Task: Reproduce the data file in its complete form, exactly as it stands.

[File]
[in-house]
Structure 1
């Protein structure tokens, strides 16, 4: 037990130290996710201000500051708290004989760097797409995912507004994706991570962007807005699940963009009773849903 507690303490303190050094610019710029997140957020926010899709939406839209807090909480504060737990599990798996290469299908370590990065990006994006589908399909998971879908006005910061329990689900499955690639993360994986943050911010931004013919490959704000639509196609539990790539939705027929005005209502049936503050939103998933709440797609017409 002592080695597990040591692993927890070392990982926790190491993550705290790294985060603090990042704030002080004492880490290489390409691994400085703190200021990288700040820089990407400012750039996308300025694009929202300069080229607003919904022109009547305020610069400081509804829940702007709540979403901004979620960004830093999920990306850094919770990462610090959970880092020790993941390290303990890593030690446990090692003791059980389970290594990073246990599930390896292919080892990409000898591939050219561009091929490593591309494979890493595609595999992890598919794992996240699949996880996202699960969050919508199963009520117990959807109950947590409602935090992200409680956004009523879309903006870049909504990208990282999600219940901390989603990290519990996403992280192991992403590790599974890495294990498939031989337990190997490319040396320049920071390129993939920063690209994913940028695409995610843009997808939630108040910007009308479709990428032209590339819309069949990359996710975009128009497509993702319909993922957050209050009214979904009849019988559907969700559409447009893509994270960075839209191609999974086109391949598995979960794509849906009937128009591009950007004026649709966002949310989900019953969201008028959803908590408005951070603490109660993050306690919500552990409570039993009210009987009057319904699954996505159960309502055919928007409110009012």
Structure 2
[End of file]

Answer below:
[in-house]
Structure 1
């Protein structure tokens, strides 16, 4: 037990130290996710201000500051708290004989760097797409995912507004994706991570962007807005699940963009009773849903 507690303490303190050094610019710029997140957020926010899709939406839209807090909480504060737990599990798996290469299908370590990065990006994006589908399909998971879908006005910061329990689900499955690639993360994986943050911010931004013919490959704000639509196609539990790539939705027929005005209502049936503050939103998933709440797609017409 002592080695597990040591692993927890070392990982926790190491993550705290790294985060603090990042704030002080004492880490290489390409691994400085703190200021990288700040820089990407400012750039996308300025694009929202300069080229607003919904022109009547305020610069400081509804829940702007709540979403901004979620960004830093999920990306850094919770990462610090959970880092020790993941390290303990890593030690446990090692003791059980389970290594990073246990599930390896292919080892990409000898591939050219561009091929490593591309494979890493595609595999992890598919794992996240699949996880996202699960969050919508199963009520117990959807109950947590409602935090992200409680956004009523879309903006870049909504990208990282999600219940901390989603990290519990996403992280192991992403590790599974890495294990498939031989337990190997490319040396320049920071390129993939920063690209994913940028695409995610843009997808939630108040910007009308479709990428032209590339819309069949990359996710975009128009497509993702319909993922957050209050009214979904009849019988559907969700559409447009893509994270960075839209191609999974086109391949598995979960794509849906009937128009591009950007004026649709966002949310989900019953969201008028959803908590408005951070603490109660993050306690919500552990409570039993009210009987009057319904699954996505159960309502055919928007409110009012």
Structure 2